Is fluidized bed powder coating a good fit for your products?
There are several questions that need to be asked. First, since fluidized bed powder coating generally applies a thicker coating, can the end part withstand the dimensional changes? Unlike electrostatic coating, fluid bed coating will generally smooth over any small details in the parts, such as embossed serial numbers, metal imperfections, etc. This can be extremely beneficial for parts where Faraday Cage effects are problematic. Welded wire products are good examples. Electrostatic spray has a hard time getting into the depths of the wire cross welds, whereas fluidized bed coating, due to the larger heat mass of the overlapping wires, encapsulates the entire weld.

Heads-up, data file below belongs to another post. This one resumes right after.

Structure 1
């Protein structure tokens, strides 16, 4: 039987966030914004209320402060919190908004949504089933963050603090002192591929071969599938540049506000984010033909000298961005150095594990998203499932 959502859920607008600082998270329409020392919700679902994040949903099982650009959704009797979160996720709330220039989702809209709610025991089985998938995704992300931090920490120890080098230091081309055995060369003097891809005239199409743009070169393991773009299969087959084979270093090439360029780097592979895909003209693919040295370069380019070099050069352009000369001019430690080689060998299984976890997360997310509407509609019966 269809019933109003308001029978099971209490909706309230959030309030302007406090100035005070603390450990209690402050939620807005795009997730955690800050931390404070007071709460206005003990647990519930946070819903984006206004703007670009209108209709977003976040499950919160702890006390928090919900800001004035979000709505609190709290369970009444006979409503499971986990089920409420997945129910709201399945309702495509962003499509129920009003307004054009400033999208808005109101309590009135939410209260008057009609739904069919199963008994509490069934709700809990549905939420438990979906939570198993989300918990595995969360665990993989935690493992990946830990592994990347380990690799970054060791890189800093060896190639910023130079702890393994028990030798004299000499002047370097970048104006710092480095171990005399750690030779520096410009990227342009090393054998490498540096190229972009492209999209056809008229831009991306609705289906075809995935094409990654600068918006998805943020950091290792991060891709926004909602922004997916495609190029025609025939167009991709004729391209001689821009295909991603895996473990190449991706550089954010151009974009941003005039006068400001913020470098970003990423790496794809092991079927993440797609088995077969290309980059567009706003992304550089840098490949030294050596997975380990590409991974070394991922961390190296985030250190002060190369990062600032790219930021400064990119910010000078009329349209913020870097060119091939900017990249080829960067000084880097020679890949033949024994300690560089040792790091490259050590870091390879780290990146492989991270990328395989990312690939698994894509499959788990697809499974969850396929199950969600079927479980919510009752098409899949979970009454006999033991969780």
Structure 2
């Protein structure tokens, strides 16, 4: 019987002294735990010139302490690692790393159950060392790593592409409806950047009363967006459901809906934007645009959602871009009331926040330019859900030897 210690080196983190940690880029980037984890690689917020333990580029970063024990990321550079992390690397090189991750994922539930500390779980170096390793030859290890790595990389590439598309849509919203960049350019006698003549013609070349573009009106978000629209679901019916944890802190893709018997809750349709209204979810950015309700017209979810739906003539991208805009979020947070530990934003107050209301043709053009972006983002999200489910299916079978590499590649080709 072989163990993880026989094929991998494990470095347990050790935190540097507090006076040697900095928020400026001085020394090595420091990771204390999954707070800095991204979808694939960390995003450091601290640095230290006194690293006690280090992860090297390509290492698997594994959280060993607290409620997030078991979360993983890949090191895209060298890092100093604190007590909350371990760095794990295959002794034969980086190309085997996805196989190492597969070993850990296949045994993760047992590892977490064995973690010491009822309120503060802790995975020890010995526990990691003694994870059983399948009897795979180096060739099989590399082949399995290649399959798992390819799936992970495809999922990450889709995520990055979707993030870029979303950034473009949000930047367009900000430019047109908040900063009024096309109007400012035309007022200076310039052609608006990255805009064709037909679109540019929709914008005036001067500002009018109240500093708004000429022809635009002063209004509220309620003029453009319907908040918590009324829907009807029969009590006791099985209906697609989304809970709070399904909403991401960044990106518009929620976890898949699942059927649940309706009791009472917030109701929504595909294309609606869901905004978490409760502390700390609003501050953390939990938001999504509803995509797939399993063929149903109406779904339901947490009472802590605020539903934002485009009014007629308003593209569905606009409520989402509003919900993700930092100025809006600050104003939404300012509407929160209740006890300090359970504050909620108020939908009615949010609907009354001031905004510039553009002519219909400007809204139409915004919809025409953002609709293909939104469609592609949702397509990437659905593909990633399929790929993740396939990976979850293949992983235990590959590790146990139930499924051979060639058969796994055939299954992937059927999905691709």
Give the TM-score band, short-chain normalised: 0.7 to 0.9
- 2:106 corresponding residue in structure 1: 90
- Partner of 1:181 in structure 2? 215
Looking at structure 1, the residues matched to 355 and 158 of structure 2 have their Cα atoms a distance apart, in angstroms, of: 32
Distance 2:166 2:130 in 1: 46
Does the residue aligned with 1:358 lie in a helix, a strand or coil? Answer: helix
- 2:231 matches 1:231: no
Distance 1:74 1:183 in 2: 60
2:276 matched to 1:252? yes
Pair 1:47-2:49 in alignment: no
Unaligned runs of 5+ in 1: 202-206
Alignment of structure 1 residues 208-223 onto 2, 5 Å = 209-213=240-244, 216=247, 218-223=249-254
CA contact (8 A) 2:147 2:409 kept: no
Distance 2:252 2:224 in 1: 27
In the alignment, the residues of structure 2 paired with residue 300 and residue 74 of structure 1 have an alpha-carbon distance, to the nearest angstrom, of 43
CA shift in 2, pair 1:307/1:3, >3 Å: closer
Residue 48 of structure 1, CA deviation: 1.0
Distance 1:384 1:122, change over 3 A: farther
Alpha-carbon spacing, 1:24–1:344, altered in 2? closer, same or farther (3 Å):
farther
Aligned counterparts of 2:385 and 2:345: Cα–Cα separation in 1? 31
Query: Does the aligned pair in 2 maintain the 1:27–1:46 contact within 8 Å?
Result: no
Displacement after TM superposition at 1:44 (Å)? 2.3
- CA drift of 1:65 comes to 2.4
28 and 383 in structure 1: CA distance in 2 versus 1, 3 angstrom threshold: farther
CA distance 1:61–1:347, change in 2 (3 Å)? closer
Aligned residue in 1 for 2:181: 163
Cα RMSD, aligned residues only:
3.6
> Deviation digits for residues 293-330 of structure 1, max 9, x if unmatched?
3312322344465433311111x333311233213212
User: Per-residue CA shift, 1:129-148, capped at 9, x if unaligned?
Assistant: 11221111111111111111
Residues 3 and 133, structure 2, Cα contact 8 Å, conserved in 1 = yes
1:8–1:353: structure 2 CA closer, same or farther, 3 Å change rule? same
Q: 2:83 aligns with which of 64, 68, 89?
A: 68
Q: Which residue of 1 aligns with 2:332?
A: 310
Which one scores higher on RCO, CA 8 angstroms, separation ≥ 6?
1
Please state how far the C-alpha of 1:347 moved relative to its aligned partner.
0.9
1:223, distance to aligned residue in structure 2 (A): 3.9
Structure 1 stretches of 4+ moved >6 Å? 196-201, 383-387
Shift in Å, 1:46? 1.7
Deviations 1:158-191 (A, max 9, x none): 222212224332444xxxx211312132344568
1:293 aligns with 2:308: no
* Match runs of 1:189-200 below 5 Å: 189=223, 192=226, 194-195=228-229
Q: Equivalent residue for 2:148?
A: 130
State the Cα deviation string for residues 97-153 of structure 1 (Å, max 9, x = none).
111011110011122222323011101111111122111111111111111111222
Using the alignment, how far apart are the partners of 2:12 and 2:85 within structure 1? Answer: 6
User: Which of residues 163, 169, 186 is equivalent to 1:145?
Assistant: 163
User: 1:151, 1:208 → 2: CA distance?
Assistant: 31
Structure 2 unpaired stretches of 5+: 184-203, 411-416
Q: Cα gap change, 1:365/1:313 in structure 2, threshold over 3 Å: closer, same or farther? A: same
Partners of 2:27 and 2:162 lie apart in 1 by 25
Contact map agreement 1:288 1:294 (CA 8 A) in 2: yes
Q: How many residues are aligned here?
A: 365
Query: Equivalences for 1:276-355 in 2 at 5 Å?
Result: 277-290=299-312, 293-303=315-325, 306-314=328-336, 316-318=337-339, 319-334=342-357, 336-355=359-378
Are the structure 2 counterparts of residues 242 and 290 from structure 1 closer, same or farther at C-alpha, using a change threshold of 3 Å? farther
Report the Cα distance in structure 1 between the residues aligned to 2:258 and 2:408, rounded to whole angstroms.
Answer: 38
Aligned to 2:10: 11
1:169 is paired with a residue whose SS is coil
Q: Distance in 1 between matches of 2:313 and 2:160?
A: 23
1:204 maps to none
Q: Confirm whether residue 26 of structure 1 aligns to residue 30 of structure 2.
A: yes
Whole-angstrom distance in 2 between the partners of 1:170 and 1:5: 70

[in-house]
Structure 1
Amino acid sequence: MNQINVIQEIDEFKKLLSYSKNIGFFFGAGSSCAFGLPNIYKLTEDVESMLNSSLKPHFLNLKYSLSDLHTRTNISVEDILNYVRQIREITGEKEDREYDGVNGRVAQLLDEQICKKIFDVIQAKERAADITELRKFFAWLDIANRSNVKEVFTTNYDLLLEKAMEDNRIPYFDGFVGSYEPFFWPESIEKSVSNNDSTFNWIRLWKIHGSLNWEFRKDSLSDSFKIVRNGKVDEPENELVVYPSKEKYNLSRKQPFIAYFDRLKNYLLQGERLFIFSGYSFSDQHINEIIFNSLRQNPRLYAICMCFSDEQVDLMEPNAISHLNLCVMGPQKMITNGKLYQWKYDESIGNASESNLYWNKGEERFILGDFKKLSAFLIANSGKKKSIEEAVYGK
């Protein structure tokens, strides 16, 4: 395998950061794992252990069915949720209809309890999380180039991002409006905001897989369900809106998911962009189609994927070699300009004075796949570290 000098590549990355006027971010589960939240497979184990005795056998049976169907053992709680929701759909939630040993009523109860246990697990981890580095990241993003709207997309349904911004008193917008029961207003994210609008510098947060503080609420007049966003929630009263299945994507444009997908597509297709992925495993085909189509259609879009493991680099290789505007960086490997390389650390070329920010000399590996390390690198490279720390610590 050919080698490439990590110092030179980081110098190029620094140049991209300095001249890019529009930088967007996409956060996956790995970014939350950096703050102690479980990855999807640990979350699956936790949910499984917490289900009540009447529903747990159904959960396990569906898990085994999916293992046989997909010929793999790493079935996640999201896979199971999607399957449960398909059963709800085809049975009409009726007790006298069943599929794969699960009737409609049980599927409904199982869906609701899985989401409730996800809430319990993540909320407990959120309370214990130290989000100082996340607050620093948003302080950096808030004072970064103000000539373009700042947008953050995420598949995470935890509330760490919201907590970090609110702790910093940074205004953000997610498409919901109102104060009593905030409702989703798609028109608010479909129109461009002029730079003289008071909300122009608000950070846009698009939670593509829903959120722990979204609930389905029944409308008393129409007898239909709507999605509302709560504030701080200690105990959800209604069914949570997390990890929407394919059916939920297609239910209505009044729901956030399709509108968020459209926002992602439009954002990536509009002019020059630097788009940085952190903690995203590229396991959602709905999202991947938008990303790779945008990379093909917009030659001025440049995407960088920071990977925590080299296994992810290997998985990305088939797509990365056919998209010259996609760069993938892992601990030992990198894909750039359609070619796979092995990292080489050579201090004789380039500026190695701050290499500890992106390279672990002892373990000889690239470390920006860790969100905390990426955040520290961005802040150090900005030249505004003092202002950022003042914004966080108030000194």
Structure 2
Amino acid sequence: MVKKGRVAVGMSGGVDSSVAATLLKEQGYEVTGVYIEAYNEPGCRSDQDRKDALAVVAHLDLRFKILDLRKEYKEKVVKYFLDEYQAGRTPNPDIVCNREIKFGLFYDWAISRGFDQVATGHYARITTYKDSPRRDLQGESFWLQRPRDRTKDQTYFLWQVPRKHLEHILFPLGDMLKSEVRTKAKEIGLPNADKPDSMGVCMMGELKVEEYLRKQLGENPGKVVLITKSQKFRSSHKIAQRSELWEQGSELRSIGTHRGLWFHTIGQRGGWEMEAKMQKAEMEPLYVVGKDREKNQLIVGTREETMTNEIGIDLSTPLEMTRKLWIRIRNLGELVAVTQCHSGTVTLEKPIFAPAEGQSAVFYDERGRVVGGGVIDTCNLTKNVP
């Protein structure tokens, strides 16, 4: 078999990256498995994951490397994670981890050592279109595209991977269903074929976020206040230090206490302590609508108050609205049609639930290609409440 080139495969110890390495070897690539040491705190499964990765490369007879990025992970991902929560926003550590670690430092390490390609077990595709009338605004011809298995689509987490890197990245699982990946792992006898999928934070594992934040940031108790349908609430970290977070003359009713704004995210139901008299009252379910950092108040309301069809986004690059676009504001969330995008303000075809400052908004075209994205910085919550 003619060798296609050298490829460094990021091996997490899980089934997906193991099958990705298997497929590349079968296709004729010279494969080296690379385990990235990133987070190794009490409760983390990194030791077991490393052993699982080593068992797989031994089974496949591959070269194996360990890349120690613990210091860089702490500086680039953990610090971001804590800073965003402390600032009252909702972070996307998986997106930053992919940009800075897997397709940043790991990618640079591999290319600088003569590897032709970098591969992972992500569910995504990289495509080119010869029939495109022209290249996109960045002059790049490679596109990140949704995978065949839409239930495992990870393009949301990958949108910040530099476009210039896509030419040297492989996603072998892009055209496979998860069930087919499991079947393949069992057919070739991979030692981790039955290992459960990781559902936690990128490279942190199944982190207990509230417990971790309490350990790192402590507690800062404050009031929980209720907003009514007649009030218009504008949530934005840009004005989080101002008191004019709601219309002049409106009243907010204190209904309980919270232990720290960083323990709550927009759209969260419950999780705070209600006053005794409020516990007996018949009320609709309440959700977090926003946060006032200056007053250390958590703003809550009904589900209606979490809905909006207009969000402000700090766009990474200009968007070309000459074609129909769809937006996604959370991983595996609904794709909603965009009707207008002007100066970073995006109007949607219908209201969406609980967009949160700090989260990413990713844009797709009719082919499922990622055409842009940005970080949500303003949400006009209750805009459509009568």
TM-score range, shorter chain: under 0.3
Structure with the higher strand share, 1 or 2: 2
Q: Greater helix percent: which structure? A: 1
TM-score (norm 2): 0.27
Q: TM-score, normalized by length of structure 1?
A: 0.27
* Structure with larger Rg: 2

Also, part complexity and geometry should be considered. If you have the right configuration, fluidized bed coating can be the way to go. Parts that will allow the excess powder to fall off the part work great. Others—with areas where trapped air or excess powder that will be difficult to displace—should be avoided.
The fluidized bed powder coating method is used to apply heavy coats in one dip, 3 – 10 mils (75 – 250 µm), uniformly to complex shaped products. It is possible to build a film thickness of 100 mils (2500 µm) using higher preheat temperatures and multiple dips.